I’m so excited to release the video above. It’s an important topic I’ve been meaning to address for a while. This video is important for media representatives covering narcolepsy in the news, researchers, clinicians, drug developers, and last but not least, people with narcolepsy and their loved one aiming to raise awareness and reduce stigma for narcolepsy.
In this video, I discuss how people-first language choice is not a matter of political correctness, but a scientifically established phenomenon showing that condition-first language subconsciously propagates stigma and dehumanization in the audience’s minds. I hope you’ll enjoy learning about the research underpinning this linguistic principle, as I’ve been fascinated myself!
Ultimately, this is NOT meant to say that there is one “right way,” but hopefully this will spark a discussion. I do believe that words matter and we should be thoughtful in choosing our words, especially when speaking broadly about the experiences of people with narcolepsy generally. Strong sweeping statements about “all people with narcolepsy” can tend to be inaccurate because truly this condition affects each of us differently.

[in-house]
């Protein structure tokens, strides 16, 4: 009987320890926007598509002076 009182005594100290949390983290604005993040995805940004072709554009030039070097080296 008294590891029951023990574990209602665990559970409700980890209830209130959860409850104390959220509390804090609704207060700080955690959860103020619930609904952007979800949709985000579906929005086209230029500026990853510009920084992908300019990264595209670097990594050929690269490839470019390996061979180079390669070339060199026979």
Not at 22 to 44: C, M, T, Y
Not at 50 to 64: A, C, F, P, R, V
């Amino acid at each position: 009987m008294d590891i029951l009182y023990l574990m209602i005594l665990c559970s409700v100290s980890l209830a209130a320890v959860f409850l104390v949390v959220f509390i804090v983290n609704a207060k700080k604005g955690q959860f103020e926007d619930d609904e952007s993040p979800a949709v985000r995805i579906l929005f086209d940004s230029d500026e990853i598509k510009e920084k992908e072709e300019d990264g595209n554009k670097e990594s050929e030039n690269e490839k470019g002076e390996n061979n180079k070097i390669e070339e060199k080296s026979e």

Thank you for joining me in helping to build a brighter future for narcolepsy!
Important Resources from Video
Sleep Disorders Recommendations
- Rebecca E. Fuoco; People-Centered Language Recommendations for Sleep Research Communication, Sleep, Volume 40, Issue 4, 1 April 2017, zsx039, https://doi.org/10.1093/sleep/zsx039
- Daniel J. Buysse, Sairam Parthasarathy, Julie Flygare; Introducing People-Centered Language to SLEEP, Sleep, Volume 40, Issue 4, 1 April 2017, zsx038, https://doi.org/10.1093/sleep/zsx038